In Charlottesville, Virginia, police stood by as white supremacists fought counterprotesters and onlookers this past weekend, according to video footage.
Similar scenes played out earlier this year in Berkeley, San Bernardino and Portland, with police at times refusing to intervene to stop right-wing activists and white nationalists from openly fighting with extreme leftist activists and other counterprotesters.
The police, militia groups and white nationalists aren't unknown to each other. Before the rallies even begin, they've already been in contact. Police departments, for example, speak with the militia groups that protect white nationalists and other hard-right speakers at assemblies ahead of the events.
These interactions between the police and such groups are an example of the line police have to walk at these events: balancing public safety with the right to free speech. But they have also raised questions about how much coordination goes on between the authorities and participants, some of whom may engage in violence.
In the Bay Area, the Berkeley Police Department consulted with militia members who attended a pro-Trump rally on April 15 before and during the riot between white nationalists and members of antifa, the loose-knit, far-left-leaning militant groups that resist neo-Nazis and white supremacists at protests and other events.
A member of the Oath Keepers -- a group of ex-military and police officers who often show up legally armed, they claim, to protect speakers at right-wing events -- told KQED that they spoke extensively with a lieutenant in the Berkeley Police Department about the group’s logistics and planning of the event.
Clyde Massengale of the California State Militia, who worked alongside the Oath Keepers in Berkeley, said both groups had coordinated with the police.
Berkeley Police Department Sgt. Andrew Frankel confirmed the department was in contact with the Oath Keepers during the rioting, as well as with “people from a number of different organizations.”
Frankel wouldn’t elaborate about the nature of the conversations, but Berkeley Mayor Jesse Arreguin defended the police outreach. He noted it’s common for police to coordinate with event leaders, regardless of politics.
“As with any event, our police reach out to people who are identified as organizers,” Arreguin said. “Often times, most groups do cooperate with the police department and events go smoothly. These groups had no intention to cooperate.”
The paramilitary protesters often dress like armed officers and many of them are veterans of the military, so the line between cooperation and coordination can seem to blur. For example, in Portland, right-wing militia members aided U.S. Homeland Security officers in arresting leftist protesters.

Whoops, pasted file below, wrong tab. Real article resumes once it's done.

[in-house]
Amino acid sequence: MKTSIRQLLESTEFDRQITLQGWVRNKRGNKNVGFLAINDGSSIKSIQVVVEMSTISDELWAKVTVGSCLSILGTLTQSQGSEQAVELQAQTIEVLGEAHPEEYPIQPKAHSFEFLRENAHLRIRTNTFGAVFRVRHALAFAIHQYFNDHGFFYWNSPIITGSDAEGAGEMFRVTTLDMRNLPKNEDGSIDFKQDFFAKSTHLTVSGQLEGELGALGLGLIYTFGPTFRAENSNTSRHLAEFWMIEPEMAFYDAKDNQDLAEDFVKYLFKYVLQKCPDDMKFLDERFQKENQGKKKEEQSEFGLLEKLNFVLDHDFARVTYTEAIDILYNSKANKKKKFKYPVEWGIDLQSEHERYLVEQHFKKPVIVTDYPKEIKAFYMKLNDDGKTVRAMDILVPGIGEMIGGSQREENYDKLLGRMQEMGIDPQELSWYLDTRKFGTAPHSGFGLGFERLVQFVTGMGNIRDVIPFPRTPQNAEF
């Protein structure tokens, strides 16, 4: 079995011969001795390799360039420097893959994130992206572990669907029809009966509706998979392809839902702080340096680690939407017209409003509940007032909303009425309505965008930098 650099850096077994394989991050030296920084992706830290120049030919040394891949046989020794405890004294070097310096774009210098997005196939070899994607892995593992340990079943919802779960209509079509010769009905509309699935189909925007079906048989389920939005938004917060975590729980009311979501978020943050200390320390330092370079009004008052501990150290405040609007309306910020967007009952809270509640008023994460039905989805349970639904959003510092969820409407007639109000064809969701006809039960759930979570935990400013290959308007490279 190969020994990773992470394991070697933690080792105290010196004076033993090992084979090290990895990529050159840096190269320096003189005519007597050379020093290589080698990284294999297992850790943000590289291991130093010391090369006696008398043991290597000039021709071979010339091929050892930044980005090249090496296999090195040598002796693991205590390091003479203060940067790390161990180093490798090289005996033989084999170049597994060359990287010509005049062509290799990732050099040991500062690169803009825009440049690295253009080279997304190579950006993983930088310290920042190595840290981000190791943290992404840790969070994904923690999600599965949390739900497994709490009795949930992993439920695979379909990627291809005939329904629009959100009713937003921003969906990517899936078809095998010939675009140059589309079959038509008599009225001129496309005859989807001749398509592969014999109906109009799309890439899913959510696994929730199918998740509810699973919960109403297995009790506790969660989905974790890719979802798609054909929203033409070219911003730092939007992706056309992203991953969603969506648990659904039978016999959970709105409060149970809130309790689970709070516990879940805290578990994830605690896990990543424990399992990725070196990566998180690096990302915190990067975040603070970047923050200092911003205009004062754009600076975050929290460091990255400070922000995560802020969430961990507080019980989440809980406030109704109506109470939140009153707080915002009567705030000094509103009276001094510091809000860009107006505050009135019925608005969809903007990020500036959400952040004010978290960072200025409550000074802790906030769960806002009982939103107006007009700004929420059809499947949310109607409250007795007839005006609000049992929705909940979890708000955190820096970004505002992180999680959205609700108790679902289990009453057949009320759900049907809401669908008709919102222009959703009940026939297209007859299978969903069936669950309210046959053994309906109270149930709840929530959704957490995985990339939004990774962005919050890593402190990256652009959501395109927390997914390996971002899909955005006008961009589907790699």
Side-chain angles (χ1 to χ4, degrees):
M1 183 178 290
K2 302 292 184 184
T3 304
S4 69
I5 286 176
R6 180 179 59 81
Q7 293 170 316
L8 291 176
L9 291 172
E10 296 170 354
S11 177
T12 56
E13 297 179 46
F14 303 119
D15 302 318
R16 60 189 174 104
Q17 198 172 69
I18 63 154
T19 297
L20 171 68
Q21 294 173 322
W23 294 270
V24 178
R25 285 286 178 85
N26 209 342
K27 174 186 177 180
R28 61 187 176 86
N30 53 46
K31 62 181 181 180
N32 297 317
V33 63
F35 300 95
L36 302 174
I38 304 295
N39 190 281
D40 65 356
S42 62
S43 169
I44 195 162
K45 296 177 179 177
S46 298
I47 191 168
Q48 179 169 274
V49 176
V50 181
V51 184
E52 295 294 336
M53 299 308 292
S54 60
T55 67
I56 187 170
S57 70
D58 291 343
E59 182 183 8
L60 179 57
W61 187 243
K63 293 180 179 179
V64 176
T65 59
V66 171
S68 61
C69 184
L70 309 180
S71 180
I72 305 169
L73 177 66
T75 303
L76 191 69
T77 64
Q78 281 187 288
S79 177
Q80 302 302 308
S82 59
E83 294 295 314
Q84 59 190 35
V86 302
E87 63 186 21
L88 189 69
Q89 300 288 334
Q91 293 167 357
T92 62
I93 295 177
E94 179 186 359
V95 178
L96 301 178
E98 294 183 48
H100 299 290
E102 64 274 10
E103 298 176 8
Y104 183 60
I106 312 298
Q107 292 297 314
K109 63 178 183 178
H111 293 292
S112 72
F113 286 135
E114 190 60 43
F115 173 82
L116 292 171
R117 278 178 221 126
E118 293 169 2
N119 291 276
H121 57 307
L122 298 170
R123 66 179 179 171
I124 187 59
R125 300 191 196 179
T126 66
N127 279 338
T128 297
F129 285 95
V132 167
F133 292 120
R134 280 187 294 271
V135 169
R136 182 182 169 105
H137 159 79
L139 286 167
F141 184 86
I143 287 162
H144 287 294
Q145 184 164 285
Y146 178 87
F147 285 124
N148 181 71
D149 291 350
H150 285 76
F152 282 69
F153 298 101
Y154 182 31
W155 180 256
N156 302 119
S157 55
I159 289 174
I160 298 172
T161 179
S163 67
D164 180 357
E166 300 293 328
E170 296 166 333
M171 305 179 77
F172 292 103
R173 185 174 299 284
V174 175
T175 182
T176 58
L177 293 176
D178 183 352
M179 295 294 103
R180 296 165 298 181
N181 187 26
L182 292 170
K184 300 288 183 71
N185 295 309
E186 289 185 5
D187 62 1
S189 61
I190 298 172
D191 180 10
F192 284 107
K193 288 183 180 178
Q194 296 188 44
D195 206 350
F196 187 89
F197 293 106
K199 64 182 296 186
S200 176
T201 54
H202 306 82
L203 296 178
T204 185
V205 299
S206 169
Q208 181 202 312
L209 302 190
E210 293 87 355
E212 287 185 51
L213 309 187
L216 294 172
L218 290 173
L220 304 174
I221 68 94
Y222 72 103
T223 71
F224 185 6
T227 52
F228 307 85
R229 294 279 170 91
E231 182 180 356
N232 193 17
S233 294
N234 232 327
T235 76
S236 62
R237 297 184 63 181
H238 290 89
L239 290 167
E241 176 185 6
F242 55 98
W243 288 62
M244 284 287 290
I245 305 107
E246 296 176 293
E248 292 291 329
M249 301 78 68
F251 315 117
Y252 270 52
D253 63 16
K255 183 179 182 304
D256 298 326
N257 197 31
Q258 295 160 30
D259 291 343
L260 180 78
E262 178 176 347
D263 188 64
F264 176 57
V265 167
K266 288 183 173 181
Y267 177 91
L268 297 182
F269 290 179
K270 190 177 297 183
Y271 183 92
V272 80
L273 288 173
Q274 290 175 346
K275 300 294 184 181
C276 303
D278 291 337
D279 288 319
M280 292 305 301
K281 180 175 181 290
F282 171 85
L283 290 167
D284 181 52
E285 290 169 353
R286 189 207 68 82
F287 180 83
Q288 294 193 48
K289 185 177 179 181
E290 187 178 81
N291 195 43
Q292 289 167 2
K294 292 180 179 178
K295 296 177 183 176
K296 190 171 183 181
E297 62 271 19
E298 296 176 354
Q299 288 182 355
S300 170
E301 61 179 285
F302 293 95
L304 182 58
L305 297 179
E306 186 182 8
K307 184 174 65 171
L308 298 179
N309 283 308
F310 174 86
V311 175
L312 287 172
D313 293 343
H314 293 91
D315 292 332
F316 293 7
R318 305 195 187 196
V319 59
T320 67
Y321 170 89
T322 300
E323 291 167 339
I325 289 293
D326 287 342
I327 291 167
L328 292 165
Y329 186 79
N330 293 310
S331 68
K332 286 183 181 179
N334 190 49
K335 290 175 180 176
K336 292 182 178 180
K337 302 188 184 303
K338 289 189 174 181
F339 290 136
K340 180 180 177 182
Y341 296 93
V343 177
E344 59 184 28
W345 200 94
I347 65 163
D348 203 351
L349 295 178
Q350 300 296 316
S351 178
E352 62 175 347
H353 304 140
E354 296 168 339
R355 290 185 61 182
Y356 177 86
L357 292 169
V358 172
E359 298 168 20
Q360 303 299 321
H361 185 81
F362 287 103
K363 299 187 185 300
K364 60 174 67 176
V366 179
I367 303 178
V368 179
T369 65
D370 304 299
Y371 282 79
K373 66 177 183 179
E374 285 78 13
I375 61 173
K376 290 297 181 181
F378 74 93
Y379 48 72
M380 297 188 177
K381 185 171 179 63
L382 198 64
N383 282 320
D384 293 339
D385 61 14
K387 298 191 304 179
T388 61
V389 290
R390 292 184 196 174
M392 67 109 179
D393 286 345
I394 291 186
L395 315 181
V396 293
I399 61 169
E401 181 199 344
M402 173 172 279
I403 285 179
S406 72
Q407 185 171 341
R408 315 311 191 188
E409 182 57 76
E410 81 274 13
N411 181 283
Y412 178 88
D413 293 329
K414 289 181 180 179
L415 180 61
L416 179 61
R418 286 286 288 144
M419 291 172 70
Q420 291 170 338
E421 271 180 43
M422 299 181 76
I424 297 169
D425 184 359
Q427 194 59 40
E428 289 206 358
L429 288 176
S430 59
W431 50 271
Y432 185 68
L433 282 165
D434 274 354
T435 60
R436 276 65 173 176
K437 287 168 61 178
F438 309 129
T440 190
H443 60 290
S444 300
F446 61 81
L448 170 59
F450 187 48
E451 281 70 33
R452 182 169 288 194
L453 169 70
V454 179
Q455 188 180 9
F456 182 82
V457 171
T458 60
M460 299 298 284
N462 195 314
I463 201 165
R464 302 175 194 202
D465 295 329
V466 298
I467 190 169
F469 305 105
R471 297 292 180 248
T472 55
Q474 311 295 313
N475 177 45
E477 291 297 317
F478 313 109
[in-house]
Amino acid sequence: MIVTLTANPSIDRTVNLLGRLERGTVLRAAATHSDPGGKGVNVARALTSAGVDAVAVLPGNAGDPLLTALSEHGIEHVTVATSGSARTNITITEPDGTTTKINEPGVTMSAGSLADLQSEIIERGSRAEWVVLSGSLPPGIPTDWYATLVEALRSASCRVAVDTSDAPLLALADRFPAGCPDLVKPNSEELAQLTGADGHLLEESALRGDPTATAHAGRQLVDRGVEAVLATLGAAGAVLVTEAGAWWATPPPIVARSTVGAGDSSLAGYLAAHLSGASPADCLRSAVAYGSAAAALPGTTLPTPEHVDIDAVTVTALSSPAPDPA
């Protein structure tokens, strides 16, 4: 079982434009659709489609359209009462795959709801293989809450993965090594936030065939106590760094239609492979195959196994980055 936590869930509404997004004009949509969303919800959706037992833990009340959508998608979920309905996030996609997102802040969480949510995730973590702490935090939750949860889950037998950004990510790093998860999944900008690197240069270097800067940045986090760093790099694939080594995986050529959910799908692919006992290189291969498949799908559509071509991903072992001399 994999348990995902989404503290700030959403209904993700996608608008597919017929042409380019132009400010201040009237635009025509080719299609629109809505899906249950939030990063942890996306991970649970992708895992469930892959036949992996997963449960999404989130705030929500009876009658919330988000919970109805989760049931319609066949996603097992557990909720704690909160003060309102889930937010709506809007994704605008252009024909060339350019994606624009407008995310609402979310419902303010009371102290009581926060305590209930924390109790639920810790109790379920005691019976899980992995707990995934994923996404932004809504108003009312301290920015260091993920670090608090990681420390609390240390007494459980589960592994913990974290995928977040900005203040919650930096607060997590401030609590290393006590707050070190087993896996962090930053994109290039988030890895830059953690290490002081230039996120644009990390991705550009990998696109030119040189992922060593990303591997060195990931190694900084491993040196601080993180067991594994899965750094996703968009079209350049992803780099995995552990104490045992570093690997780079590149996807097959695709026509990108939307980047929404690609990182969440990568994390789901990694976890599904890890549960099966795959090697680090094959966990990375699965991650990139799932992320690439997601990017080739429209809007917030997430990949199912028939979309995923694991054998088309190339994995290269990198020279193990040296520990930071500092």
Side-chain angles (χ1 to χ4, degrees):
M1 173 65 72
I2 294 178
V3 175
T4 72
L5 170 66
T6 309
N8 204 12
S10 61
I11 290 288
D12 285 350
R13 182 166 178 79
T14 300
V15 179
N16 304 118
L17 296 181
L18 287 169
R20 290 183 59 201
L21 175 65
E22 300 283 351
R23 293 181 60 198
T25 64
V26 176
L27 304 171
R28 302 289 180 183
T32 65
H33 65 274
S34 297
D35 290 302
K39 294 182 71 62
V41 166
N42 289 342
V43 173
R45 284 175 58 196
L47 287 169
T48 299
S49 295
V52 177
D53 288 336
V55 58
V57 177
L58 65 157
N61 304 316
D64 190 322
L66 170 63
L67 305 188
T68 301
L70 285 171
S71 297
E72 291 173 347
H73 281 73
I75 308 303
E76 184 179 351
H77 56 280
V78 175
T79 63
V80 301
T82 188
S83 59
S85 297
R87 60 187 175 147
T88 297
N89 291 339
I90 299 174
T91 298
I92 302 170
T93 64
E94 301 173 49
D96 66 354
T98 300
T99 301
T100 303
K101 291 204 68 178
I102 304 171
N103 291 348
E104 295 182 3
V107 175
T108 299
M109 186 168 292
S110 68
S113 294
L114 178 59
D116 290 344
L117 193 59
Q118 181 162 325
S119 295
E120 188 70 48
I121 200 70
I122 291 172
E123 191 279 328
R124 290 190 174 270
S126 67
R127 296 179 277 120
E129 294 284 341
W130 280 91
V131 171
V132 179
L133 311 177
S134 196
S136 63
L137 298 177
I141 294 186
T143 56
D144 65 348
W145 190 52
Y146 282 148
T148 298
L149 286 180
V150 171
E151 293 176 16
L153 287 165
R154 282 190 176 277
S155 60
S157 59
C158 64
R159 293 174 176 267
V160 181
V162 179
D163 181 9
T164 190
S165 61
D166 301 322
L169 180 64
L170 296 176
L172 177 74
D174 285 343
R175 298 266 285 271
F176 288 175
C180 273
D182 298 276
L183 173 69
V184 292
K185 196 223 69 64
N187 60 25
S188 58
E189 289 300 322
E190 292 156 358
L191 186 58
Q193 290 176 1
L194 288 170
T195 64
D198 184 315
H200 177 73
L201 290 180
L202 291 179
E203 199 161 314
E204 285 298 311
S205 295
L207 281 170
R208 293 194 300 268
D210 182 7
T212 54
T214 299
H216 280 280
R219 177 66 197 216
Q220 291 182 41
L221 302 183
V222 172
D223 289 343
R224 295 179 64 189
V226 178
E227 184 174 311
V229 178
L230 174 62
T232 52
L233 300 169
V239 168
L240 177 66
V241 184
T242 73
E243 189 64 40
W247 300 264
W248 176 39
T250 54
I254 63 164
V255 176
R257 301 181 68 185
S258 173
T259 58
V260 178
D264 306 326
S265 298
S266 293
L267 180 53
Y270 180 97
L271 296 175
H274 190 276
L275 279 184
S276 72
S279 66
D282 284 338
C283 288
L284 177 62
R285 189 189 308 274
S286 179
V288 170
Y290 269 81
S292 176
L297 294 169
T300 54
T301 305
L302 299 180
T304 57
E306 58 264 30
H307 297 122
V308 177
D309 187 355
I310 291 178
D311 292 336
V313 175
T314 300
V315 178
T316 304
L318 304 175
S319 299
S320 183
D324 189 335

In Charlottesville, the white supremacists who helped organize the march said they were in constant contact with police.
“I had been coordinating with police for two months, including the day of,” Eli Mosley of the California-based white nationalist group Identity Evropa told KQED. “They had my phone number and I had theirs.”
These interactions come just as the Trump administration halts federal funds for investigating far-right organizations. Some of that money was previously used by local police departments.
Violence and White Nationalist Recruitment
As state law enforcement officers watched the violence unfold in Charlottesville from behind barricades, white nationalists were filming the fights to be used in later propaganda efforts, according to ProPublica.
According to white nationalist leaders who spoke to KQED, such riots and street fights help recruit new followers.
“Political violence has returned,” white nationalist leader Richard Spencer told KQED. “I think it probably has ultimately helped us. If someone is caught in a melee, well look … all rules are off.”
Criminal justice experts say police have little choice but to let these fights happen.
“Sometimes intervention by police will result in everyone attacking the police,” said CSU San Bernardino professor Brian Levin. “If there’s one thing that can unify rival protesters, it’s the presence of the police. They’re making a tactical judgment.”
Levin has studied violence on the extremes for more than two decades. He said these so-called free speech rallies have “really become roving street fights” that are growing in size.
“In the last couple years, we’ve seen mega-rallies,” Levin said. “The number of people has gone up exponentially. There have been 24 violent political rallies in California since December 2015. We’re going to see more of this.”
As for police consulting with right-wing militias and white supremacists, Levin said, “the optics are horrible.”
“But they’re not as horrible as someone getting shot to death,” he continued. “Sometimes, all you have is a bunch of lousy options. What police will generally try to do is keep thoroughfares and roads open, and do the best they can to protect the general public.”
In the meantime, white nationalists like Identity Evropa’s Nathan Damigo use the space that is void of police to fight -- for the moment, and for future recruits.
Damigo told KQED that even the video from Charlottesville showing a driver running over a crowd of counterprotesters -- in which a woman was killed and many others injured -- will help his cause.
“Every time there is a major incident like this, people will look to the media,” Damigo said. “And then a handful of them will go online and see what they weren’t being told by the media. And they’ll say, ‘Wait a minute, why is the media trying to manipulate my perception on this?’ And they realize they’re being lied to."